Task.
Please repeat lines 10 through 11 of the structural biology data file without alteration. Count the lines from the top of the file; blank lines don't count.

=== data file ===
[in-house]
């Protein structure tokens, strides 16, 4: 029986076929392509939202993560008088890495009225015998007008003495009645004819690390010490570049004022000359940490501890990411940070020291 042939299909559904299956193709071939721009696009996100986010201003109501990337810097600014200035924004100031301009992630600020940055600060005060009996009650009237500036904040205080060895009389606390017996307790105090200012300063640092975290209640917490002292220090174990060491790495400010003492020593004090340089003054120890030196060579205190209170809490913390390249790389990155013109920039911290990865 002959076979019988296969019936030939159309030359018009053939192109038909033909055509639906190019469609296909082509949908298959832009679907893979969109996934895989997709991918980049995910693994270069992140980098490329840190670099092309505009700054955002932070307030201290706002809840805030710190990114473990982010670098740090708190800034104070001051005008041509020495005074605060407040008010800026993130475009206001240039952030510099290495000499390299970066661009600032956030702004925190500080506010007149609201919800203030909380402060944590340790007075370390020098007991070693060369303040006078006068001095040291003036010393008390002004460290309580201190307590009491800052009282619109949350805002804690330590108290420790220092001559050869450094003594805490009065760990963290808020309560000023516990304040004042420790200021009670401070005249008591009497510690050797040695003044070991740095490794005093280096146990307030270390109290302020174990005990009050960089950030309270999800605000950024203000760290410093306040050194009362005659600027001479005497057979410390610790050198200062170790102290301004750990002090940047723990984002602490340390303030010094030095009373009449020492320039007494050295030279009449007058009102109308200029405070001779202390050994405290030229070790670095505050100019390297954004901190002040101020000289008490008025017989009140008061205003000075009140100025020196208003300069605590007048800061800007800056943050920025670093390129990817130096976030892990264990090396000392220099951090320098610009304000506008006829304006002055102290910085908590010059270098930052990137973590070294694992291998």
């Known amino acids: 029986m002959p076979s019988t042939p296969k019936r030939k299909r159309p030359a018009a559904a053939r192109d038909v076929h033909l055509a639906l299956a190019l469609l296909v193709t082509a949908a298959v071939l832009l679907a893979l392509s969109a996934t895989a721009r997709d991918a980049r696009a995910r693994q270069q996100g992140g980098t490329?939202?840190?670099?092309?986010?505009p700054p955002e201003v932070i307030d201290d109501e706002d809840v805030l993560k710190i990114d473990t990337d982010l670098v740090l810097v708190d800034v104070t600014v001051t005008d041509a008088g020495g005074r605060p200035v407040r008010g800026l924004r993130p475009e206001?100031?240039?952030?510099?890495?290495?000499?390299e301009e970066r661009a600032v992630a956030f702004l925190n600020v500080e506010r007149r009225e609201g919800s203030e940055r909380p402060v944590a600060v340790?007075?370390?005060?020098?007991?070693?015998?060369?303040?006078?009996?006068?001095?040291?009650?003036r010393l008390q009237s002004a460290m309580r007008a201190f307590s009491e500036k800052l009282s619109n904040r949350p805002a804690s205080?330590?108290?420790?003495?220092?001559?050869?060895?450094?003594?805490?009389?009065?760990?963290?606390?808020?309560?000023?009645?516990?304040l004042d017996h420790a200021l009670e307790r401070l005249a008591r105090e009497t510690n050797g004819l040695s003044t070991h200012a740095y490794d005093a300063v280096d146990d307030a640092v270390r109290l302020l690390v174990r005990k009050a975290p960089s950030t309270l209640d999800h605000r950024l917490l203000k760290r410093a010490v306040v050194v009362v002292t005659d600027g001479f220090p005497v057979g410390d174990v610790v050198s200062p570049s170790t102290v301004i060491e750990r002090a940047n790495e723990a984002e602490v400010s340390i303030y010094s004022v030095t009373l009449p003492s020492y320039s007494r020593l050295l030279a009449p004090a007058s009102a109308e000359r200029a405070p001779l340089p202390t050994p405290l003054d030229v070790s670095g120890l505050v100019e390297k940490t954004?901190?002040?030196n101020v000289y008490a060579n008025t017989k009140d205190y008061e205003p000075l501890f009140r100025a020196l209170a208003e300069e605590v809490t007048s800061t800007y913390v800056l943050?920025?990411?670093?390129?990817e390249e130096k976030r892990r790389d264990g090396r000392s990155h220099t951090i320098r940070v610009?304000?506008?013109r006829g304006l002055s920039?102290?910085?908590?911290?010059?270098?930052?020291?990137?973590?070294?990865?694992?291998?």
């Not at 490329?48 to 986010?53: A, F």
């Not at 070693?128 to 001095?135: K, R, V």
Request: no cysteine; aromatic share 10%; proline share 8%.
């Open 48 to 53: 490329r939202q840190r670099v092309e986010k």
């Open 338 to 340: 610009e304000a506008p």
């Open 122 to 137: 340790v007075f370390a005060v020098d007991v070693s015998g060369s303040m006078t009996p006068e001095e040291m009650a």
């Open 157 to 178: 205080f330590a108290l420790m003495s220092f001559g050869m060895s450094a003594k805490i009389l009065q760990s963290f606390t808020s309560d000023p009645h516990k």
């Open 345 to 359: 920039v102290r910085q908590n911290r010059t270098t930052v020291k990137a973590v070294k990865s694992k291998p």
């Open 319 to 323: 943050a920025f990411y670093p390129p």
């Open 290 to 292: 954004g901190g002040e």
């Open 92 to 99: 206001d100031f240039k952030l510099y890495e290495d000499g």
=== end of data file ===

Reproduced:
């Open 157 to 178: 205080f330590a108290l420790m003495s220092f001559g050869m060895s450094a003594k805490i009389l009065q760990s963290f606390t808020s309560d000023p009645h516990k």
């Open 345 to 359: 920039v102290r910085q908590n911290r010059t270098t930052v020291k990137a973590v070294k990865s694992k291998p």